The disposal of instruments is a tricky issue for GPs and other healthcare providers, especially under the new sterilisation rules operating in the UK. Single use, disposable, instruments can provide the answer.
Every Practice Manager and Theatre Manager in the country will naturally want to make their Practice as environmentally friendly as possible, but the disposal of used medical instruments can be a particularly challenging consideration that can have a very serious impact on finances.
Whilst the decision on whether to sterilise equipment or to use disposable packs does have very real cost implications; as of 31 March, all instruments in use must comply with the Medical Devices Directive.
Complying with the Directive rules requires Practices either to use single-use instruments, or to send their instruments to a fully accredited sterile services department. The Healthcare Commission has responsibility to ensure all standards are met.
For a unit to Achieve compliance with sterile services accreditation themselves is not going to be cost-effective or practical for anything but the largest of Practices. For example, to meet its requirements can easily cost £4,000 capital, plus £3,500 each year to operate. These costs include those associated with regularly testing the sterilising machine, sterile water to fill it up each day and the time and training of the unit staff. In addition, the unit retains all the risks of processing the instruments.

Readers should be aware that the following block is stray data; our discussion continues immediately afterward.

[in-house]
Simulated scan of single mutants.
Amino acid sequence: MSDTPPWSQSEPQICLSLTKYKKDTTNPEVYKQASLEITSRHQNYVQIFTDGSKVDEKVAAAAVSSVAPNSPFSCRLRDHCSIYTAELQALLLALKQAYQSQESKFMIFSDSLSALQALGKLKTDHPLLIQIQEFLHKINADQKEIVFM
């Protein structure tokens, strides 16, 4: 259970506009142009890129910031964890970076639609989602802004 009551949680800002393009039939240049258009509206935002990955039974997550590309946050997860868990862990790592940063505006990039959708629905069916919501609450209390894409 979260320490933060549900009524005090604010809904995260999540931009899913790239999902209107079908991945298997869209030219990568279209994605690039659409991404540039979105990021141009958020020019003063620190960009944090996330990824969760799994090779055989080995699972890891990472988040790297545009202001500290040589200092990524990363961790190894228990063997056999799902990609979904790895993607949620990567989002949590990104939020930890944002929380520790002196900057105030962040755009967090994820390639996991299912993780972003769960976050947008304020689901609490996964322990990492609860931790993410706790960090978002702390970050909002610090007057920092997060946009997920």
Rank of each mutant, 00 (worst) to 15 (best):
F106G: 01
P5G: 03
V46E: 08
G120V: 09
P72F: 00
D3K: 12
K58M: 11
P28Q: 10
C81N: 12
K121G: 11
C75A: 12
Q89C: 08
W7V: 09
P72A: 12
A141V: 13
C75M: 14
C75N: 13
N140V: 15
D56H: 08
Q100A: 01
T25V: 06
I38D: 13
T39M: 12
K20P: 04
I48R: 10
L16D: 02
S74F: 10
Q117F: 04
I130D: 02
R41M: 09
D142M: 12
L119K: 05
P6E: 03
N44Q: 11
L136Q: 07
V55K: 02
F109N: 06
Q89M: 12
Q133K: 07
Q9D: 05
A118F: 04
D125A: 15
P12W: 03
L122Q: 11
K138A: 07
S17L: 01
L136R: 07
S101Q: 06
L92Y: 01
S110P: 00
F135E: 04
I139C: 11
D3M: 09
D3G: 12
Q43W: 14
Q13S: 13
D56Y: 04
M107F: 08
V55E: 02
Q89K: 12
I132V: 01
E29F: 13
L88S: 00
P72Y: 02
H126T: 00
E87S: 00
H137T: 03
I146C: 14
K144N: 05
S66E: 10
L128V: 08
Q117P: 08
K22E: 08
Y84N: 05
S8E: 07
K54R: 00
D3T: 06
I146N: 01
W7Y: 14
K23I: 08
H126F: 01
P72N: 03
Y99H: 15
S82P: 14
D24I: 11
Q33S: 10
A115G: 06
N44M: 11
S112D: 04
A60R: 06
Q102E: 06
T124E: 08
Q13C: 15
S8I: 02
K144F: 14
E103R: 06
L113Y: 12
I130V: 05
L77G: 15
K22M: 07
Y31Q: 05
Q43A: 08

This gives Theatres’ and Practices’ with the option of moving to single-use, disposable, instruments and, for those items not available as single use, contacting their primary care organisation to find out what decontamination services there are available locally.
Regional decontamination centres are gradually coming on line but for many areas there is still no service. And where a service is present, in many cases local sterilisation units will not be able to cope with any extra capacity.
Single use, disposable, instruments can be disposed of with your other clinical waste, in the sharps clinical waste at a cost of £500 to £1,500 per tonne. With single instruments being light, this generally works out to less than a penny for each item.
In comparison, for Central Sterile Supplies Department services, because instruments must be cleaned as soon as possible, you will need a weekly collection and delivery service, which adds to your costs and the environmental impact. Then, decontamination uses energy to produce high pressure steam at 134oC and needs chemicals and detergents in the process.
In short, the arguments for the adoption of single use, disposable, instruments are increasing all the time.
Can you afford to be left behind?